So, a week and a half ago  M informed me that he had meetings in Switzerland and Paris Tuesday and Wednesday of last week. Then he paused and said "You know, I've never been to Paris. Would it be ok if I spent an extra day wandering around?" (he's very careful about asking for extra time away from home. I've trained him well. :) ) So I said, "Well, I've never been either, what if I joined you for the weekend?" . And so began our spontaneous weekend in Paris (we like to keep our plans as spontaneous as possible).

We sprung into action. He called about available flights for me using his frequent flier points and asked his parents about taking the kids for Shabbat and I started calling up about an afternoon and overnight babysitter for Wednesday night. Since Shabbat comes in so early, it seemed a better idea to go Wednesday afternoon, to have to whole Thursday for sightseeing. My two trusty Savta babysitters came through. Katie was available in the afternoon and Mazal was available overnight (she's been bugging me to go away for an overnight vacation since she started with us after E was born 19 months ago so she was thrilled). My inlaws would come to Ranaana to pick up Thursday afternoon and bring the kids back to Jeruslaem for shabbat and even bring them back home Sat. night so they would be able to go to school on time Sunday morning. We would return 4 am Sunday morning.

Everything was falling into place until my friend said to me "It's so great you're not a Polish mother too worried to leave her kids". And of course, from that moment on, I was tied up with anxiety about leaving the kids. Well, mostly E, because I'd never left him overnight before. I started waffling, wondering if it wasn't such a good idea, how would he get back to sleep without us (he still wakes up once a night for a bottle. I know, really bad habit). My brother, father of six, assured me that no one would be scarred for life and to just do it. So, we did.

I was a complete wreck until I got onto the plane. I always had this fantasy orignally of going to the airport alone, enjoying reading a magazine by myself on the plane. I didn't enjoy any of it. It was actually really hard to separate.

And I used to be jealous of my husband that he got all these solitary plane rides to read quietly. No more. My knees and legs hurt from sitting so long and it was hard to concentrate with the numerous screaming babies around me ( of course I was completely sympathetic and really actually wanted to help them, but figured the babies would scream even more being held by a stranger).

Anyway, the weekend itself was wonderful. It was great spending time alone with my husband, away from all of our everyday life. The kids were fine, E got through the nights fine without us (he actually slept through instead of doing his wakeup/bottle routine).

On Thursday we spent 12 hours on our feet roaming around Paris. Thankfully, it was a sunny day, though cold. We hit the Arc d'Triomphe, Champs Elysees and then ended up at a nice kosher dairy place near the Louvre with a "Who Framed Roger Rabbit?" theme (not kidding- literally there was a huge statue of one of the characters from that movie). Then we wandered around the Ile D'France with a lot of nice quaint streets and I bought a nice silk scarf from this scarf store. We saw the Notre Dame cathedral. Then we hit the Musee D'Orsay and it was so nice to just be in a museum again. I used to hang out at the Metropolitan and MoMA in NYC all the time in high school and it was nice to be back around art again.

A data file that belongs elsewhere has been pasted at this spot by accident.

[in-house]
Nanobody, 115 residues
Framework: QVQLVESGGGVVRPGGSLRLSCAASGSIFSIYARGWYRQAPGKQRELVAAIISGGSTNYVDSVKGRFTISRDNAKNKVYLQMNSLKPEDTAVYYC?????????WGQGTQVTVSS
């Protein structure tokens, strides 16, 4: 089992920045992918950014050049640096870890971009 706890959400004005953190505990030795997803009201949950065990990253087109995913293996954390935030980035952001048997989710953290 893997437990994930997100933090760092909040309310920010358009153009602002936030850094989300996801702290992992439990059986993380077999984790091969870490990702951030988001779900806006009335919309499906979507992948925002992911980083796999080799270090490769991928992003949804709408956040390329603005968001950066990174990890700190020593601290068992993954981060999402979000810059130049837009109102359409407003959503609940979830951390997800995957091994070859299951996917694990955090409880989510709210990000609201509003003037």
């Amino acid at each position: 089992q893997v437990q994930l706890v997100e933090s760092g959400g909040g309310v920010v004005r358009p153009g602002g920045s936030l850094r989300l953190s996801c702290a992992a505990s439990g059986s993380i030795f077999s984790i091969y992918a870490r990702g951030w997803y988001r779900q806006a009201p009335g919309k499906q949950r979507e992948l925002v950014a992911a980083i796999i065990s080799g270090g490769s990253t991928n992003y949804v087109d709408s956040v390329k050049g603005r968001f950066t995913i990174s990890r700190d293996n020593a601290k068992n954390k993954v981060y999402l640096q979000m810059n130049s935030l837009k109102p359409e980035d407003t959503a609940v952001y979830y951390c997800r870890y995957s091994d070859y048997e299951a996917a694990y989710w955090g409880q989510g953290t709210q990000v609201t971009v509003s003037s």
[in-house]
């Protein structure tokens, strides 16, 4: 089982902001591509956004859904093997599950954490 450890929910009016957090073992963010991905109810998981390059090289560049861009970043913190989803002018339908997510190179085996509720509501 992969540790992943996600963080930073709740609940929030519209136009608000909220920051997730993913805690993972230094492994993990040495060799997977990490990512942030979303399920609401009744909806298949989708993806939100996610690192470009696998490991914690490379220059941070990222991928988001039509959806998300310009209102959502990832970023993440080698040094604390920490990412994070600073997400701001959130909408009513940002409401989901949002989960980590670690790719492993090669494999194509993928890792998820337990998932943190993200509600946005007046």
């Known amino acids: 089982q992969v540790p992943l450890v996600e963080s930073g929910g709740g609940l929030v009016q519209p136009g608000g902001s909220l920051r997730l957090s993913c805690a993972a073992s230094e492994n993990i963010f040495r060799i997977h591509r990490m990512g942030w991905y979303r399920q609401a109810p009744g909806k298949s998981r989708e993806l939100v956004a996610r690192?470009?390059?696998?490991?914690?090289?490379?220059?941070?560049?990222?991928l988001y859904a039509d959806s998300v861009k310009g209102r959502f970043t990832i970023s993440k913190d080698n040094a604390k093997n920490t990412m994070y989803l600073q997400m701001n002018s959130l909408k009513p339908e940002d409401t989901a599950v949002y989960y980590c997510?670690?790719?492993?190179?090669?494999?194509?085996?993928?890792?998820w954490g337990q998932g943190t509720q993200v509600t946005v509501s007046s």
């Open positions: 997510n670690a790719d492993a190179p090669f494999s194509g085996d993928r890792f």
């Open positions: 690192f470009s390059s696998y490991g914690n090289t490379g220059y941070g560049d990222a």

We took the metro to a pretentious overpriced restaurant called Osmose. Not worth the money, but we only found out at the end. Oh well.

Originally we wanted to do the Eiffel Tower at night afterward to see the "City of Lights" thing, but I could barely drag my body to the Metro, so we bagged that till the morning.

Friday, I got a baguette from the local kosher bakery (for future reference, we stayed at a Best Western Aida Opera on rue Richer, on the same block as a kosher grocery, bakery, meat/dairy restaurants and shuls.) and some hard and soft cheeses and made sandwhiches for lunch. We ate them at a little cafe on the Eiffel Tower with some coffee and hot choc. we bought.

It was really freezing by Friday, no more sun. But they had a great exhibition about the history of the tower, how it was built and why. At lunch we flipped through our guidebook to figure out what to do next. We had a few hours till Shabbat, so we felt that we should do something else. Then we decided to just find a cafe and relax, which was the best idea.

Shabbat we tried to memorize some routes to Le Merais, which was in relative walking distance to us. But by then it was really raining and cold, so no more walking for us. 5 minutes before candlelighting I realized I had candles but no matches. I went down to ask at the front desk and they handed me a box of Shufersal matches!

We had both meals reserved at this great meat restaurant down the block, Les Ailes, which was a relief in terms of proximity and just getting out of the hotel on a rainy day. Expensive, but absolutely wonderful and excellent service ie: waiters and hosts who really want to serve you, not just deigning to do so. The food was Tunisian French, which meant about 10 salatim to start (including a crunchy fennel salad and delicious avocado and basil ), fish, a choice of veal chicken or couscous, sides, fruit, pastries, tea and coffee, wine, challah, and drinks. Really salatim to nuts (they served salted nuts and olives with the salatim). There were about 7 other couples there, so it was a nice cozy Shabbat atmosphere.

It was a fantastic trip and I feel very blessed and thankful that we were able to do that on such short notice.

(I will add pics as soon as I upload them).

Update: Promised pics: